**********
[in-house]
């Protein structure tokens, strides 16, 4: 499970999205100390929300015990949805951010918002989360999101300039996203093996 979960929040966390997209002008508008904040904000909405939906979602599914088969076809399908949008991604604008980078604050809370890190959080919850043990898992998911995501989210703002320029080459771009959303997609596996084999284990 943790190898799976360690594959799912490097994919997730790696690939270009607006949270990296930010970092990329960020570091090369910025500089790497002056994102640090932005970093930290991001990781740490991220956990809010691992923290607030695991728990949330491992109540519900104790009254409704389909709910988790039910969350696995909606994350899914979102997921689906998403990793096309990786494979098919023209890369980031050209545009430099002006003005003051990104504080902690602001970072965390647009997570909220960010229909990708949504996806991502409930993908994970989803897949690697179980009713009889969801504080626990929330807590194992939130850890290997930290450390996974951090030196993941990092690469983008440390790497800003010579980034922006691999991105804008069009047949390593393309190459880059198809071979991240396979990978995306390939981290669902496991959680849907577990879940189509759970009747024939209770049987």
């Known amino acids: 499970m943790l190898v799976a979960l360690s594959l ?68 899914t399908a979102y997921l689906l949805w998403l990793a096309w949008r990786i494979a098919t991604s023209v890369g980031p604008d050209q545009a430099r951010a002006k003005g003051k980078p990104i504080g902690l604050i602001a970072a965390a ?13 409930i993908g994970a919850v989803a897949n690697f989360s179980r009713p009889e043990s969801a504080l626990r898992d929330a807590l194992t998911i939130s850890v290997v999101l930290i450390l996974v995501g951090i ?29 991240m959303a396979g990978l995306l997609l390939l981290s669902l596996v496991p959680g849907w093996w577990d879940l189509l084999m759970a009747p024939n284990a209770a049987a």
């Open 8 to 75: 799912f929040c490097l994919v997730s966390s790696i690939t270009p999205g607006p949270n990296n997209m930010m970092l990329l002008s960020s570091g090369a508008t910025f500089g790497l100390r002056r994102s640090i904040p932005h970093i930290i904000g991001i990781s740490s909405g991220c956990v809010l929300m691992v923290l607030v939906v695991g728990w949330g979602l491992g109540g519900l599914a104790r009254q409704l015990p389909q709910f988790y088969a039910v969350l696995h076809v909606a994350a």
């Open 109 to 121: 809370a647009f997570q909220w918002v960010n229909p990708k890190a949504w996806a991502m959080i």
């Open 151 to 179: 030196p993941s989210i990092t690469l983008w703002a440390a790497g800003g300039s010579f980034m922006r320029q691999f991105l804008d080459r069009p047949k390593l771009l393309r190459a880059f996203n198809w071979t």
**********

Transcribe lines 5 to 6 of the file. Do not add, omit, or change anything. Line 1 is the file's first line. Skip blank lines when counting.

């Open 109 to 121: 809370a647009f997570q909220w918002v960010n229909p990708k890190a949504w996806a991502m959080i």
């Open 151 to 179: 030196p993941s989210i990092t690469l983008w703002a440390a790497g800003g300039s010579f980034m922006r320029q691999f991105l804008d080459r069009p047949k390593l771009l393309r190459a880059f996203n198809w071979t």